Traditional family offices provide personal services such as managing household staff and making travel arrangements. Other services typically handled by the traditional family office include property management, day-to-day accounting and payroll activities, and management of legal affairs. Family offices often provide family management services, which includes family governance, financial and investment education, philanthropy coordination, and succession planning. A family office can cost over $1 million to operate, so the family's net worth usually exceeds $100 million. Recently, some family offices have accepted non-family members.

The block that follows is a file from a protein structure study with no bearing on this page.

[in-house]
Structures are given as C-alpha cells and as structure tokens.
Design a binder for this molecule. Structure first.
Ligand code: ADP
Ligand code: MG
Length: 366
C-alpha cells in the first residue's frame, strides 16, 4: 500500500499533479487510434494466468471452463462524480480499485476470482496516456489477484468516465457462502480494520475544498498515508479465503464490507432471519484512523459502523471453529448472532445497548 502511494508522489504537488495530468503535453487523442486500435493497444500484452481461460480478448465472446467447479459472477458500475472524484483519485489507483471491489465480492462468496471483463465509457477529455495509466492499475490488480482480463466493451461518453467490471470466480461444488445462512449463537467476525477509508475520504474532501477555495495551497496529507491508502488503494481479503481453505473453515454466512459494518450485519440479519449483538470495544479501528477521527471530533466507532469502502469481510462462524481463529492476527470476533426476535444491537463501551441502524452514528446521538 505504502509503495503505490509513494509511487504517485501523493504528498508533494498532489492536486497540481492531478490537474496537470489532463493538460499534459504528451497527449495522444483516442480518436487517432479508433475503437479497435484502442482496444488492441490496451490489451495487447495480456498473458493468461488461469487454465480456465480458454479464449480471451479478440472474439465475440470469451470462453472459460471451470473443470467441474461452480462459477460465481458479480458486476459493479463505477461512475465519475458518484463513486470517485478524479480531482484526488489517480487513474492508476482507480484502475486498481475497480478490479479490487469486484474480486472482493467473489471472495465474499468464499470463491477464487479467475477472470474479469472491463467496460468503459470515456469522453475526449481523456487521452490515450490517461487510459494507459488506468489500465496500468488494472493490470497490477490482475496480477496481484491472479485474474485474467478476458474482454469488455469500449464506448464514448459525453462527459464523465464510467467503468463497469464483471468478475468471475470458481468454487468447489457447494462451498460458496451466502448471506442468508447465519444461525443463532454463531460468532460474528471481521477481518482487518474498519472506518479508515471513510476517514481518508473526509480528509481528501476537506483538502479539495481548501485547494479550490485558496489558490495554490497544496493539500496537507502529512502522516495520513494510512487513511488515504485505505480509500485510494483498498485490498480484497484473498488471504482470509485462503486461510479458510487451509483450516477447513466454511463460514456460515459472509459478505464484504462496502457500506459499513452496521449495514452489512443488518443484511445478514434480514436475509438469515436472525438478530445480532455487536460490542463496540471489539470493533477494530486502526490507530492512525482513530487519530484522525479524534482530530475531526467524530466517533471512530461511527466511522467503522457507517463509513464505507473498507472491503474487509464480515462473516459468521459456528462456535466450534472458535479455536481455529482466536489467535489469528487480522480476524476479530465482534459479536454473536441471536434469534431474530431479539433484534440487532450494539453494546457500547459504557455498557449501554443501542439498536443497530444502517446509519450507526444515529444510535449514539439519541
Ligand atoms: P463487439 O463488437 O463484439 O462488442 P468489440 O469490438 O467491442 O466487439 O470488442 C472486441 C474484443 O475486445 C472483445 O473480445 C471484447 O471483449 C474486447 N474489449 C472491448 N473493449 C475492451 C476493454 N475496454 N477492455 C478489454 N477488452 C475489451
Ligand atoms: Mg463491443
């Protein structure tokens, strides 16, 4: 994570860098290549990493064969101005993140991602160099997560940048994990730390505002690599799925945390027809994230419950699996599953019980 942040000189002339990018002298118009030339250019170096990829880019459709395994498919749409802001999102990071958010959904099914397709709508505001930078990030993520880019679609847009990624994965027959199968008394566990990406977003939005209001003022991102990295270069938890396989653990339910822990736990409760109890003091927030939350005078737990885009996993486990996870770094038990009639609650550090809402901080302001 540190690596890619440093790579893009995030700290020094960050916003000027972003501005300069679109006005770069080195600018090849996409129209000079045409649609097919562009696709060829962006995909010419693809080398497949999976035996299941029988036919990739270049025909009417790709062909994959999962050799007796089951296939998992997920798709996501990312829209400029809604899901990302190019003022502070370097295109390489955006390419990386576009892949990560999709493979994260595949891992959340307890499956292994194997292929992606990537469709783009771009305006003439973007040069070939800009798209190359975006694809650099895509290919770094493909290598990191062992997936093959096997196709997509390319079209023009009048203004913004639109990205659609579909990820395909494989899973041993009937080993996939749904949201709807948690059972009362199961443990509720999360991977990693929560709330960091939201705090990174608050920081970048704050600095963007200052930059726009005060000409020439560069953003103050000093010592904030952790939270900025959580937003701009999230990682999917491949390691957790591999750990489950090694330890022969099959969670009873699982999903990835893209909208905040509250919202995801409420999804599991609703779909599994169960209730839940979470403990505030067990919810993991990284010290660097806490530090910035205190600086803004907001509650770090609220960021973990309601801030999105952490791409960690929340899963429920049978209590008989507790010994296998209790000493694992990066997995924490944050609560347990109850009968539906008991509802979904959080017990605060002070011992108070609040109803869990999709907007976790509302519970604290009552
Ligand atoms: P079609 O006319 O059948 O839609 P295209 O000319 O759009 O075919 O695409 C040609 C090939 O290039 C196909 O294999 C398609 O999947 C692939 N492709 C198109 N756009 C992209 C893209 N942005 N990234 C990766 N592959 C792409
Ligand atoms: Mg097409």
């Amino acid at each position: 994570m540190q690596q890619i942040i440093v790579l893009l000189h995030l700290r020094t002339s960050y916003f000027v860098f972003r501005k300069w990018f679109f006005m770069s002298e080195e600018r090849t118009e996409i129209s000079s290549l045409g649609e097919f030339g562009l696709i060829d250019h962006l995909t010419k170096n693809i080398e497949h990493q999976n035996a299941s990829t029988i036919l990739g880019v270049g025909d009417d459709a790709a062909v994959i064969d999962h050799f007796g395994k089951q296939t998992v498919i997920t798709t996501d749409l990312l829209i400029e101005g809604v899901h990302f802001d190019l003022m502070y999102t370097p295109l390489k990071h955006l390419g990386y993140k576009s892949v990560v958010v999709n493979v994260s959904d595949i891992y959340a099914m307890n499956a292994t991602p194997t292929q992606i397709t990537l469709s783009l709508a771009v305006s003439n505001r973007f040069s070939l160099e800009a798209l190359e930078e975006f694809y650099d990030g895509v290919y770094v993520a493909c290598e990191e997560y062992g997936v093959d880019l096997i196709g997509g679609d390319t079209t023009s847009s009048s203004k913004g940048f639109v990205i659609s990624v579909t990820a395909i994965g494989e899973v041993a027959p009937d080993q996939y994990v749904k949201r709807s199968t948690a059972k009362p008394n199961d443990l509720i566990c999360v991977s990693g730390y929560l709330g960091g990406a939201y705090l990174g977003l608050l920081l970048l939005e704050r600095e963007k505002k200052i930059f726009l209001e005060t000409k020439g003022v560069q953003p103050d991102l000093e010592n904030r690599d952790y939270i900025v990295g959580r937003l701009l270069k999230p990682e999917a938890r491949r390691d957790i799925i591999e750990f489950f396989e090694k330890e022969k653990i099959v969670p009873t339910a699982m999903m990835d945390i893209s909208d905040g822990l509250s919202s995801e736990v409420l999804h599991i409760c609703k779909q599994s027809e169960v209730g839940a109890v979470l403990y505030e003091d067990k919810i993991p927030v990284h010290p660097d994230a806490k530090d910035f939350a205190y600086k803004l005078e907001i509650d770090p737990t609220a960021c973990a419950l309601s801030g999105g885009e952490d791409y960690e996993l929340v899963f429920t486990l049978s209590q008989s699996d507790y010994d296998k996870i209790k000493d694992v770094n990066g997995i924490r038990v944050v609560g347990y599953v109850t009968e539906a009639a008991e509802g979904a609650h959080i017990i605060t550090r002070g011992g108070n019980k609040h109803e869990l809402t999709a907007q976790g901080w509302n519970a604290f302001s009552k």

More recently the term "family office" or multi family office is used to refer primarily to financial services for relatively wealthy families.

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Topics: family office, hard money commercial loan, hard money loan

Commercial Loans and Additional Collateral

Posted by George Blackburne on Mon, Jan 10, 2011

A Wise Friend Has Advised Me to Often Get Additional Collateral

A buddy of mine, Paul, owns a hard money commercial mortgage company similar to Blackburne & Sons. He was kind enough to share the following pearls of wisdom:

Paul wrote: "It's been my experience (and I've been around longer than George, although I've been told that I'm younger and better-looking) that when your run-of-the-mill, medium-sized investor gets into trouble, he doesn't sink all at once. He takes a while to drown."